A surveyor and property executive by occupation, Yu, a resident of Tuen Mun, was helicoptered into the Lantau seat and then the vice-chairmanship of the Islands District Council in 2015.
He is assumed to be running for chairmanship should he win tomorrow.
But while he may have been a district councillor these past four years, his main political role, and the source of his power, is his close connection to that uniquely Hong Kong outfit, the Heung Yee Kuk.
Yu describes himself as an independent and while he has no party affiliation he has married into the clan of the late Heung Yee Kuk strongman Lau Wongfat. The current kuk boss, Kenneth Lau, is his brother-in-law.
The kuk represents some 700 village rural committees and in its own telling protects traditional rights and culture.
But for most Hong Kongers the kuk, the rural committees and the indigenous house policy they defend are emblematic of the culture of entitlement and cronyism that fuels their rage.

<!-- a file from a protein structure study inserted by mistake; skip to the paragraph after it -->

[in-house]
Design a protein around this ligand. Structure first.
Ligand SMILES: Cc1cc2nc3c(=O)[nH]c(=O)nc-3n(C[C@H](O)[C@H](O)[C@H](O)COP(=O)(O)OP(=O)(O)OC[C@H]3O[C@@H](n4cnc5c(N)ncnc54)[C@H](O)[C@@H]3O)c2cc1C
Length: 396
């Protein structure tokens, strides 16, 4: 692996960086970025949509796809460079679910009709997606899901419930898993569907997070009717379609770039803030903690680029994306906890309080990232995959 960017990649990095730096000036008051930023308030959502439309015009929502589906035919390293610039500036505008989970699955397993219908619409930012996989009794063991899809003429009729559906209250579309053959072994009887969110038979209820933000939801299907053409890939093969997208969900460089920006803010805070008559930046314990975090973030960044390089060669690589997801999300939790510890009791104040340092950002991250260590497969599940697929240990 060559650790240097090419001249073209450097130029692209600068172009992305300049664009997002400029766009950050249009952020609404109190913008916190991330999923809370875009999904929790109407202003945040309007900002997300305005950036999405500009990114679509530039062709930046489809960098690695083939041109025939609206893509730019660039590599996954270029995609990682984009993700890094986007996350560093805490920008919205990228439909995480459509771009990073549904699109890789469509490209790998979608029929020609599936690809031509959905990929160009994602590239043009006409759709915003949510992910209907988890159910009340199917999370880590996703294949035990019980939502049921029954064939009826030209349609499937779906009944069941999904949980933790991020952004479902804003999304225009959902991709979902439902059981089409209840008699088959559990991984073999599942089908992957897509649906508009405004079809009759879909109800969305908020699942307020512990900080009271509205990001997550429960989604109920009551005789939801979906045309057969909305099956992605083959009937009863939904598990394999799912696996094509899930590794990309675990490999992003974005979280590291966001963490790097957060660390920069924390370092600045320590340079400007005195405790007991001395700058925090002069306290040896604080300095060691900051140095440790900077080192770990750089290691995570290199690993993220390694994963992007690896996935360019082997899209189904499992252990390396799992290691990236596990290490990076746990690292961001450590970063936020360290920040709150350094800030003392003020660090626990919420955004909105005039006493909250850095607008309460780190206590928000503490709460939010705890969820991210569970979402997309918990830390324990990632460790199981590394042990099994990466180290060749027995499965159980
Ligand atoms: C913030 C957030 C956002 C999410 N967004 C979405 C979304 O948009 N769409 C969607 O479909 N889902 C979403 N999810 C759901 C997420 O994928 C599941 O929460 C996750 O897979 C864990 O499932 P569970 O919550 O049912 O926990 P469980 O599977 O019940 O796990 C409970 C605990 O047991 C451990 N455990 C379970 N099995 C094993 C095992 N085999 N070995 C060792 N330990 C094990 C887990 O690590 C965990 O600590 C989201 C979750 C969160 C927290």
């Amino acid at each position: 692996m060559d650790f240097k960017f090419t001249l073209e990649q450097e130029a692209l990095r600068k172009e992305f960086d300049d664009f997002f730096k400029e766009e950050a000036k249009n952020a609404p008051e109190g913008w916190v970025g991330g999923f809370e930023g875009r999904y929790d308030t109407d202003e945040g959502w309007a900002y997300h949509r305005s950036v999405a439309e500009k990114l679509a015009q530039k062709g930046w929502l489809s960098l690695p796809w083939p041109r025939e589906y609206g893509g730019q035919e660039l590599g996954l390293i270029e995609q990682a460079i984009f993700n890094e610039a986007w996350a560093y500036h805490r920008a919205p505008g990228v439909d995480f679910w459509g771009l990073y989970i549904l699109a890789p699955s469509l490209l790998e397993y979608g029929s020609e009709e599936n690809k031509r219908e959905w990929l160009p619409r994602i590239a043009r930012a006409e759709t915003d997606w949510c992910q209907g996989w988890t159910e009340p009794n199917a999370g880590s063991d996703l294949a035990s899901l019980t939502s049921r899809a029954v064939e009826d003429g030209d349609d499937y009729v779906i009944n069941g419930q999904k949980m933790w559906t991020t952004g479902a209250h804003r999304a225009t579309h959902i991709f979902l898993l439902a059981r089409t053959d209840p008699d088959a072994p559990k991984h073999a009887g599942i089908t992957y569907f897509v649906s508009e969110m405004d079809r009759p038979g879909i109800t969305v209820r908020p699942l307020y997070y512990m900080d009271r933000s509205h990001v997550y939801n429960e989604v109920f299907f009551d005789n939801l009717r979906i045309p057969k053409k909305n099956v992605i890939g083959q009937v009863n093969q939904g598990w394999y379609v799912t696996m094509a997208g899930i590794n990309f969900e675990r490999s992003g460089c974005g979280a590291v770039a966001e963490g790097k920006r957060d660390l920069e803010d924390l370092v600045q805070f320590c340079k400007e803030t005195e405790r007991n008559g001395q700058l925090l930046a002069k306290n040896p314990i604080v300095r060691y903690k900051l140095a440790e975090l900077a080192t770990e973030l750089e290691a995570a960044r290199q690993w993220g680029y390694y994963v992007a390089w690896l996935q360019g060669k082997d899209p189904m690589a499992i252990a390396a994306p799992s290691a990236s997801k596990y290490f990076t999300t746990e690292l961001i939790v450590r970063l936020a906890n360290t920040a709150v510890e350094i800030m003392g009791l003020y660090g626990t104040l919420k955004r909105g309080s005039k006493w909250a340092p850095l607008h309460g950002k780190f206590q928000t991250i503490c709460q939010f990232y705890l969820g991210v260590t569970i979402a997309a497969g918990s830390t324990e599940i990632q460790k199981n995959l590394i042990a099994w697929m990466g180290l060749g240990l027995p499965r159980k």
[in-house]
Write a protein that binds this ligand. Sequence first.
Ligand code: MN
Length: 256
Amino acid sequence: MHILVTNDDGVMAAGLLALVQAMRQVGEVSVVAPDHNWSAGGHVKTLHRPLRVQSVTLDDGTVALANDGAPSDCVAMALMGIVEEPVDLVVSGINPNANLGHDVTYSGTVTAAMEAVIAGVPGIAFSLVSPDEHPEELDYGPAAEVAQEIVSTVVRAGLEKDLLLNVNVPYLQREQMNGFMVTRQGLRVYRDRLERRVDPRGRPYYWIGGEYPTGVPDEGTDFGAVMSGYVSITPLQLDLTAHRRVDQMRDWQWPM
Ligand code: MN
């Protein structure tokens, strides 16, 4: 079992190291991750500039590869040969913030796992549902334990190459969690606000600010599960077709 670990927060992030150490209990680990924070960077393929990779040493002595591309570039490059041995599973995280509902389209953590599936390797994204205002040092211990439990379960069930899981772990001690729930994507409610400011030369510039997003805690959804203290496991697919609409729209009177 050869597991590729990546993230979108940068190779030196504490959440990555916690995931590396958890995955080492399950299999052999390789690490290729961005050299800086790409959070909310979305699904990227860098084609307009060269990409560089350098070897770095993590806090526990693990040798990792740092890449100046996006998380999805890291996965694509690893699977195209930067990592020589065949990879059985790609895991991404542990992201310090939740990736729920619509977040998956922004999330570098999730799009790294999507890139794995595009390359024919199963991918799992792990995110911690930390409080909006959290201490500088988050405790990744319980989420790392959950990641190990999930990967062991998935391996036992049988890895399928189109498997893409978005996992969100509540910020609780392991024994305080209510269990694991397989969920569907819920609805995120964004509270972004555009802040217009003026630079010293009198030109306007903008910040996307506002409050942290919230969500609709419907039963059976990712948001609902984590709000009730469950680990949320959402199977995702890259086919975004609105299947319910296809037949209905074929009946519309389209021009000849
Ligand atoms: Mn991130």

In a city with the world’s most unaffordable housing, the rural committees monopolise hundreds of hectares of valuable land. No wonder that 42% of Hong Kong want to see the small house policy abolished.
But the kuk is powerful – it has its own seat in Legco and its ‘rights’ are written into the Basic Law. Along with its opposition to modern democratic practice these make it a natural ally for a government that is a coalition of narrow vested interests.
Randy Yu’s main job is to preserve these privileges.
In person he is an affable fellow and it is impossible to imagine him, say, high-fiving a triad boss.
He has a track record in business environmental organisations, and was active in the revitalisation of the Tai O Heritage Hotel. There is no reason to doubt his personal journey, as revealed to the SCMP, of wanting to put something back into the community.
But his four years as district councillor seem to have passed without a trace. It is difficult to find something, anything that he has achieved.
Lantau News has on several occasions invited Yu to share his district council track record, but he did not respond.